The GEMA Presumption as an Entry Barrier (Pt. 3/3)
At all2gethernow [access protected, 2016-03-10], I am going to discuss the topic as a part of the #camp [access protected, 2016-03-10]. Furthermore I’m participating in the discussion on “Collection Societies and Rights Management”. Hopefully, many of you will join us to discuss. Those who can’t be there in person, please join our community [link broken, 2016-03-10]. There, you will be able to submit suggestions and comment on anything.
So, please take this series of articles as some kind of basics to what I’m going to discuss with all of you at all2gethernow. No matter whether it’s online or offline. Posts are published day by day.
[English translation of part 3 is coming soon. Due to organisational tasks at all2gethernow, it will take an additional one or two days to translate. Since the text is available in German already, I just posted it in advance for all German readers.]
Part 1&2 you’ll find here:
“The GEMA Presumption as an Entry Barrier (Pt. 1/3)”
“The GEMA Presumption as an Entry Barrier (Pt. 2/3)”
It’s good to believe, but it’s better to know.
No matter what an expert’s study on the case might look like, the proof of availability for a sufficient number of free licensed content to counter GEMA’s presumption has to be brought forward to court. The “GEMA assumption” is part of German jurisdiction, therefore it’s much likely the ruling has to be found at Germany’s highest court, the Federal Court (BGH). But the true challenge is its verifiability. GEMA of course always has the current size of its repertoire at hand – but where do we find verifiable numbers for “freely licensed” works? Btw, “freely licensed” means any music that is not administered by GEMA or any other collecting society GEMA collects monies for (ASCAP, SACEM, PRS…).
Apart from that, GEMA has people doing PR, and they have lobbyists. Artists who offer non-GEMA works don’t. From the consumer’s perspective, artists outside of the GEMA dominated system do hardly exist. Even if popular artists like Trent Reznor or Smashing Pumpkins sometimes do release Creative Commons music – the masses don’t take notice. It’s not of any relevance to the public. Most attention for artists launching campaigns and strategies like that, and for business models too is paid by the internet. By digital natives. The organisation of Creative Commons has project leads and affiliates around the globe. The artists working with Creative Commons licenses though have no official or inofficial representation. That’s absolutely not good in times when attention is a currency in itself, and products and services are valued by the amount of attention they receive.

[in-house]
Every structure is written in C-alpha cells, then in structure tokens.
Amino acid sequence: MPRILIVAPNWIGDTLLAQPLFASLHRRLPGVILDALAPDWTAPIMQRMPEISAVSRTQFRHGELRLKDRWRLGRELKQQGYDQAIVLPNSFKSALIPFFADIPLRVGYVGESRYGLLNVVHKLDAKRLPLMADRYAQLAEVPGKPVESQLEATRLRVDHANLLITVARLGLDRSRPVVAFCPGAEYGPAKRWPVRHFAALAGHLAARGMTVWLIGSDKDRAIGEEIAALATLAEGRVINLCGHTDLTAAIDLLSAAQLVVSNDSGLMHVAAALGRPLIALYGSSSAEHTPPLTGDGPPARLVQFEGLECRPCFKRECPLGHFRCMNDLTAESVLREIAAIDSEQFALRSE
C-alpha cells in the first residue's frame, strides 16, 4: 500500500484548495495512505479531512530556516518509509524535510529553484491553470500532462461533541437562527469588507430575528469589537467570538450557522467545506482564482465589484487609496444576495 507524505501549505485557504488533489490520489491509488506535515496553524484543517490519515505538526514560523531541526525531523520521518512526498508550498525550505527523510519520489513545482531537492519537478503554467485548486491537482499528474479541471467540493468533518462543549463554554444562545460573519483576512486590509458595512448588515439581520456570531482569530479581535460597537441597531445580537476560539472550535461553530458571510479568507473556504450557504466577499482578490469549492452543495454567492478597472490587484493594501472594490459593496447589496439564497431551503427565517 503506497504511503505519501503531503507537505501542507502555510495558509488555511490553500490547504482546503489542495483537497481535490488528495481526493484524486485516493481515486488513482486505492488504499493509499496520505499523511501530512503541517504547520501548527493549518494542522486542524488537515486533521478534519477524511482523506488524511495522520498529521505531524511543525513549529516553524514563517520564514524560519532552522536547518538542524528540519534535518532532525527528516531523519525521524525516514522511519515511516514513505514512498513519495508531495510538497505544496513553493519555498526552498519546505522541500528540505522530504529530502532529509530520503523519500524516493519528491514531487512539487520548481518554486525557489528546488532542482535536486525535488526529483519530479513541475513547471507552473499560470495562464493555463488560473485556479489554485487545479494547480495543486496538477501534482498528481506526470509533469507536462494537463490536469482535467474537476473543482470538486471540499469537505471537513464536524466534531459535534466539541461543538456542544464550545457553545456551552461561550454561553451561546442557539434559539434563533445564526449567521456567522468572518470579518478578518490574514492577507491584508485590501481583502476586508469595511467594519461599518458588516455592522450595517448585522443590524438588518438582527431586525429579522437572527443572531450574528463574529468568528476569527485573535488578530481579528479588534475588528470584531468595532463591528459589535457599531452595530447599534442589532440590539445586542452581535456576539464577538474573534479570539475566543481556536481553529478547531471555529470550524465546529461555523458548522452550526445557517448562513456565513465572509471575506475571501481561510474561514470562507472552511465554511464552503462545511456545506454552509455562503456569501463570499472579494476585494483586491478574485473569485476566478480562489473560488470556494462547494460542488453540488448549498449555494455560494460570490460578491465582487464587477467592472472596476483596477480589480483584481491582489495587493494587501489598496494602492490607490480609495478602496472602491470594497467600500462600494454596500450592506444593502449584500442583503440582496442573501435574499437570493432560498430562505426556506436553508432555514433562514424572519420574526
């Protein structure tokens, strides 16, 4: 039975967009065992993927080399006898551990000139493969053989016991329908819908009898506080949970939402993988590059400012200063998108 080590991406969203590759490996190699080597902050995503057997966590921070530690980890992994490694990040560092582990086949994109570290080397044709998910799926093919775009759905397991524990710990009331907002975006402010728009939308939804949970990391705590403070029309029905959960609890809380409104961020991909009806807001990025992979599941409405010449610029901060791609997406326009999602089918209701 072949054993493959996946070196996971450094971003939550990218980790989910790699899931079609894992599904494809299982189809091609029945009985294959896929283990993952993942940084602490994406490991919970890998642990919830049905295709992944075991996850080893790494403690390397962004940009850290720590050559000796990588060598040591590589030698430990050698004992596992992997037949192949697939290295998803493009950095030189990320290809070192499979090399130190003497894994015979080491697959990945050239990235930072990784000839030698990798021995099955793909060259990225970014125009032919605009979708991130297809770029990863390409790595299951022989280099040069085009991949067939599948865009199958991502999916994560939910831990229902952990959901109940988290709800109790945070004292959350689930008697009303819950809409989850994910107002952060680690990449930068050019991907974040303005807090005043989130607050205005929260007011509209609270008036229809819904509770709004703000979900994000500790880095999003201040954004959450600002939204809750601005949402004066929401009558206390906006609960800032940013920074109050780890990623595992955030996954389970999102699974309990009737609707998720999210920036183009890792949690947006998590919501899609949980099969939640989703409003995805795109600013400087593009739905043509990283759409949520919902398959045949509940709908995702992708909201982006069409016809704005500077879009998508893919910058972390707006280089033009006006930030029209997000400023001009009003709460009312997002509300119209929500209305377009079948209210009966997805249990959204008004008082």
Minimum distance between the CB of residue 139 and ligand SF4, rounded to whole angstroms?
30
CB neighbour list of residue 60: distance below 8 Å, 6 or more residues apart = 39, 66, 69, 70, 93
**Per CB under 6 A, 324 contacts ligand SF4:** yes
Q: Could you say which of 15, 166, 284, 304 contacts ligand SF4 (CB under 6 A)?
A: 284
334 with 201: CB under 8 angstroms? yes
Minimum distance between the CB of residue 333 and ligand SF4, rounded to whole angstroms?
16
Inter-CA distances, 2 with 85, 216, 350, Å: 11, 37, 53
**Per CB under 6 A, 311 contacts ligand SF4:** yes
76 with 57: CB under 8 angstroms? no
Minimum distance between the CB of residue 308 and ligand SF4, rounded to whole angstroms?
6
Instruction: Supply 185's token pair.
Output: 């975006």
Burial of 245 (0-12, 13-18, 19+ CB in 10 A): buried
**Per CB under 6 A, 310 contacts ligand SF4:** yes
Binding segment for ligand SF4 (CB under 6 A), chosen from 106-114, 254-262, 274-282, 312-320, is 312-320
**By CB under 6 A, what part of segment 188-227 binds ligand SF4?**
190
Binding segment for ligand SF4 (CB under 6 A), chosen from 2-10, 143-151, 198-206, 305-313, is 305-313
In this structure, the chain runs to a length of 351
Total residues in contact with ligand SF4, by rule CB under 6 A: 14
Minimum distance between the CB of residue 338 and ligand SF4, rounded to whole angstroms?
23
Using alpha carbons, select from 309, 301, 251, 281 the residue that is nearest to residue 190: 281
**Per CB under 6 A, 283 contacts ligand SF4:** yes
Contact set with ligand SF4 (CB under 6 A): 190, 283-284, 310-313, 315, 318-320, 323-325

One important side effect of the lacking cooperation and coordination: It’s incredibly hard to find numbers on how many works have been licensed under Creative Commons, or more generally, how many are not administered by any collecting society – including such as Public Domain.
Get on your boots now.
What’s the next step in disproving GEMA’s presumption? The presumption that every time music is publically played in Germany, there is at least one musical work contained that is administered by GEMA? This is essential to enable Creative Commons artists a groundwork to increase their income.
If I’m calling Creative Commons and non-GEMA artists to form an association on their own, you may say – ah, yet another one. But as I just mentioned, you won’t find any representing body for those. There’s independent music services and labels, there’s composers, there’s producers… but no coordinated effort for composers of free licensed music. Though for the start it doesn’t even require to be launch another official body, association or society.
An alliance will do. Some sort of cooperation. A presence that can clearly prove: “This is the number of registered creators and artists of free licensed content. All registered participants up to now have released a number of x works under free licences.” If you have a site on the web, a counter like the one at Germany’s body of Music Industry would be nice. Although, their counter shows the number of illegal downloads. Moreover, this one is based upon estimation obviously. A true counter has more impact and shows more credibility by far. Why numbers are extraordinarily important shows the fact that ADAM, the new asscoiation of German authors of musical works based their launch’s presentation on statistics. The keynote to introduce ADAM at c/o pop conference was held by Michael Söndermann (UNESCO Institute of Statistics, Bureau of Cultural Economics Research, Cologne). He demonstrated why there’s a need for ADAM.